United States District Court, W.D. Kentucky, Louisville Division
ROY C. NEAL Petitioner
LELIA A. VANHOOSE, Chair Kentucky Parole Board, LARRY R. BROCK, Member, MICHAEL A. BOLCAS, Member, GEORGE CARSON, Member, MELISSA CHANDLER, Member, CAROLINE MUDD, Member, NEEKA PARKS, Member, ROBERT POWERS, Member, AMANDA SPEARS, Member, Kentucky Parole Board, ANDREW GRAHAM BESHEAR, Attorney General of Kentucky, Respondents
MEMORANDUM OPINION AND ORDER
REBECCA GRADY JENNINGS, DISTRICT JUDGE
Roy C. Neal (“Neal”), by counsel, filed a
Petition for a Writ of Habeas Corpus under 28 U.S.C. §
2241 seeking relief from an order of restitution as a
condition of his parole relating to theft by deception
charges he pleaded guilty to in 2001. [DE 1, Petition]. The
Court referred the matter to Magistrate Judge Colin H.
Lindsay for rulings on all non-dispositive motions; for
appropriate hearings, if necessary; and for findings of fact,
conclusions of law, and recommendations on any dispositive
matter. [DE 5]. Respondent Attorney General of Kentucky,
Andrew Beshear (“Beshear”), moved to dismiss. [DE
10]. Respondents Michael A. Bolcas, Larry R. Brock, George
Carson, Melissa Chandler, Caroline Mudd, Neeka Parks, Robert
Powers, Amanda Spears, and Lelia A. Vanhoose (collectively,
the “Kentucky Parole Board”) also moved to
dismiss. [DE 11]. Neal did not file responses to the motions.
Judge Lindsay issued a Report and Recommendation
(“R&R”) that the Court grant Beshear's
Motion to Dismiss and deny the Kentucky Parole Board's
Motion to Dismiss [DE 12]. The Kentucky Parole Board filed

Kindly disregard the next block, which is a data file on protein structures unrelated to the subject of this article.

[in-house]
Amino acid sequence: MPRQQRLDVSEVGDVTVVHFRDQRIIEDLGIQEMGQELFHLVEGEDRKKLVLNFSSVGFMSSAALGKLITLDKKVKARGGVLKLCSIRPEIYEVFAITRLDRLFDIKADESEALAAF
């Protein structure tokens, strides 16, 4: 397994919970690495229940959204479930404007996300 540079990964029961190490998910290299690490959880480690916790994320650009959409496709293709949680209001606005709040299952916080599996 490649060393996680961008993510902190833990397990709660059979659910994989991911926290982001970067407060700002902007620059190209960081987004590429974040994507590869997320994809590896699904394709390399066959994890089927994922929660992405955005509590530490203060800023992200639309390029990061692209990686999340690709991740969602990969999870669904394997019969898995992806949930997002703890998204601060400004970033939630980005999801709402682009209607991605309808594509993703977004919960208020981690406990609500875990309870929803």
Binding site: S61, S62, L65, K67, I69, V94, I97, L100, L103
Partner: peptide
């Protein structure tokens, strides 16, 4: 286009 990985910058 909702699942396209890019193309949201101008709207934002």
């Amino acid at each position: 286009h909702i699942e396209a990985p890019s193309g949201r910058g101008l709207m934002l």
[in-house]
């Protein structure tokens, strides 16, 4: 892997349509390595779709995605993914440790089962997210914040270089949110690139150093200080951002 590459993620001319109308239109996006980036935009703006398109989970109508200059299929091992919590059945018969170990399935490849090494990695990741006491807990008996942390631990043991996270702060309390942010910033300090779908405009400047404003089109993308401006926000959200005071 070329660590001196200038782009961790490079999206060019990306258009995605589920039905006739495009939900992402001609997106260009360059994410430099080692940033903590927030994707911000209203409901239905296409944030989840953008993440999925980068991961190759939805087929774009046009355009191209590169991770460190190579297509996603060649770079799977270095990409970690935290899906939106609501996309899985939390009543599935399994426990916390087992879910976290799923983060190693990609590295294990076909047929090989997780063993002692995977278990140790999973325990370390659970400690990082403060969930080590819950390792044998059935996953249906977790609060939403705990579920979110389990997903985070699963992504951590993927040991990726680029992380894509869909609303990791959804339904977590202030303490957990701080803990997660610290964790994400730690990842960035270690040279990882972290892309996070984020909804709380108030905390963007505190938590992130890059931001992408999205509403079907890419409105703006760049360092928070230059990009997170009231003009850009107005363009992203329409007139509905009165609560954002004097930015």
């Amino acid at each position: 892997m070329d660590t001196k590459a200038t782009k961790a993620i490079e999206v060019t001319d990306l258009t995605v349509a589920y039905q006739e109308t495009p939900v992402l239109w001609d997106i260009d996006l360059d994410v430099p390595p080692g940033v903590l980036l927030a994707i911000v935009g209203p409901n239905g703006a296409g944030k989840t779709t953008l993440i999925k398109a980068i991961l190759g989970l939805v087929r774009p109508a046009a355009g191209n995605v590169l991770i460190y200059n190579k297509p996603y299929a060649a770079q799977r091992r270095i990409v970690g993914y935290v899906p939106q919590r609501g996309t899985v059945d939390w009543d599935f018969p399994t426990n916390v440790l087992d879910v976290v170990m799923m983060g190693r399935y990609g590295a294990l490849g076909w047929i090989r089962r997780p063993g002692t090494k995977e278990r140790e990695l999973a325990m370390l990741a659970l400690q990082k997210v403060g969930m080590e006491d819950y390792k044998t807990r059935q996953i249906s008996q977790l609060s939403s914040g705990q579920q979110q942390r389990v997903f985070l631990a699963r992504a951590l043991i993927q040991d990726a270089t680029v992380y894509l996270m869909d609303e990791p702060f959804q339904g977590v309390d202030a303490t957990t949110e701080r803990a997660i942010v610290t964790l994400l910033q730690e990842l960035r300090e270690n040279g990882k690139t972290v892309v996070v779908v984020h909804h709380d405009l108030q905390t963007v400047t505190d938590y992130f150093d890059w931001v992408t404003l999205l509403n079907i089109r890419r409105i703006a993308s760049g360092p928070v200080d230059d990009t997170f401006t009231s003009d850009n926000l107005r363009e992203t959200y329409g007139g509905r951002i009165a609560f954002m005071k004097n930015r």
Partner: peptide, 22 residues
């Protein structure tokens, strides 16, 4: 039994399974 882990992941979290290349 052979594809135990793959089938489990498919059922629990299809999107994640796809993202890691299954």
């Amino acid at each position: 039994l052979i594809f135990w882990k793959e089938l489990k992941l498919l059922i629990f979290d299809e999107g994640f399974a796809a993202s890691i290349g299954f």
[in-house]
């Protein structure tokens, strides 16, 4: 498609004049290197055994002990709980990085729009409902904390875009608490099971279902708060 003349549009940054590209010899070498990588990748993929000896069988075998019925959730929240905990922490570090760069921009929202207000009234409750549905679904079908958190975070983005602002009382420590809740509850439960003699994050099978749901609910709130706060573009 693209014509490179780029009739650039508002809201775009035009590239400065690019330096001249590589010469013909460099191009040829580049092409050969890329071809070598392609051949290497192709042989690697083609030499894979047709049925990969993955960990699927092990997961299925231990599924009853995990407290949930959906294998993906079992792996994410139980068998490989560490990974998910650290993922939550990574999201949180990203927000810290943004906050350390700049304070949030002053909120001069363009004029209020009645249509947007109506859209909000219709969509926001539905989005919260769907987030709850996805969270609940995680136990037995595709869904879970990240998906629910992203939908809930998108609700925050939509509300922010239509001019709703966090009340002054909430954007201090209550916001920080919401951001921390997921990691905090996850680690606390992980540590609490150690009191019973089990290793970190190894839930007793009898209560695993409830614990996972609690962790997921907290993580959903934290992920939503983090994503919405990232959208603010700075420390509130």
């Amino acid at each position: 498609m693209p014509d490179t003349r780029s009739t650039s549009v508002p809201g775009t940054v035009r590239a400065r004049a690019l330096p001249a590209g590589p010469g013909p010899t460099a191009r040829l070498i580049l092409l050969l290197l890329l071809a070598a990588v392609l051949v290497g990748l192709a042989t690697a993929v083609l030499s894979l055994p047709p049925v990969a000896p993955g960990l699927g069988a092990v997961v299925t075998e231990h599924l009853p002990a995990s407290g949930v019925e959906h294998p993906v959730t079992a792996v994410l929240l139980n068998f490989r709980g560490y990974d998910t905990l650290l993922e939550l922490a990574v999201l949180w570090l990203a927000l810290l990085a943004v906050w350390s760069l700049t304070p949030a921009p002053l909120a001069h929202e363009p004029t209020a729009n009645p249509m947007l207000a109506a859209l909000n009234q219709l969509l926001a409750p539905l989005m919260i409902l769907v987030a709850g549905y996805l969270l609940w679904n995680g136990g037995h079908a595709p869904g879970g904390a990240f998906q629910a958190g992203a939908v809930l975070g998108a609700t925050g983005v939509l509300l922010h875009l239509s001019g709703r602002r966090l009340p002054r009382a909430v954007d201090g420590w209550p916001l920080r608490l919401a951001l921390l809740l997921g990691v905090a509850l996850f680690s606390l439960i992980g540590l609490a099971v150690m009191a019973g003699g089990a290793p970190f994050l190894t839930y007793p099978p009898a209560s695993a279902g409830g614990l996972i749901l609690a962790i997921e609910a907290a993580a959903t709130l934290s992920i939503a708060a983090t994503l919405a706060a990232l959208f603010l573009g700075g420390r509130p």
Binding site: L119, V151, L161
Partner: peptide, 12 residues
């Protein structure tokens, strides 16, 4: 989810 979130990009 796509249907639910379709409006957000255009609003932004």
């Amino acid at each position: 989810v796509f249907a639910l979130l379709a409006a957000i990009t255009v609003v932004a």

objections. [DE 13]. Beshear responded to the Kentucky Parole
Board's objections. [DE 17]. For the reasons below, the
Court OVERRULES the Kentucky Parole Board's objections
and ADOPTS the R&R.
R&R accurately sets forth the key allegations of the
Petition. [See DE 12 at 44-46]. Below, the Court mentions the
key allegations to frame its discussion and analysis of the
Kentucky Parole Board's objections.
2001, Neal entered a plea of guilty to several counts of
theft by deception and one count of theft by failure to make
required disposition of property. [DE 1, Pet. at 2.] The
court sentenced Neal to ten years imprisonment and entered an
order of restitution for $91, 882 plus interest.
[Id. at 3].
2005, Neal was paroled and moved to Georgia with permission
from the Kentucky Parole Board to be supervised there under
the Interstate Compact for Adult Offender Supervision.
[Id. at 4]. The conditions of his parole did not
include restitution. [Id. at 3.] ¶ 2008, the
Kentucky Parole Board notified Neal by letter that
restitution was added to his conditions of release.
[Id. at 4]. In 2013, Neal was arrested for violating
parole by failing to make restitution. [Id.].
Neal's parole was revoked and he served an additional
term of imprisonment. [Id. at 5-6]. Neal alleges he
never receive the 2008 letter from the Kentucky Parole Board.
[Id. at 4] Neal remains on parole in Georgia, paying
restitution. [Id. at 6].
Petition, Neal seeks the following relief: release from the
custody of the Kentucky Parole Board and the Commonwealth of
Kentucky; a declaration that KRS 439.563(5) is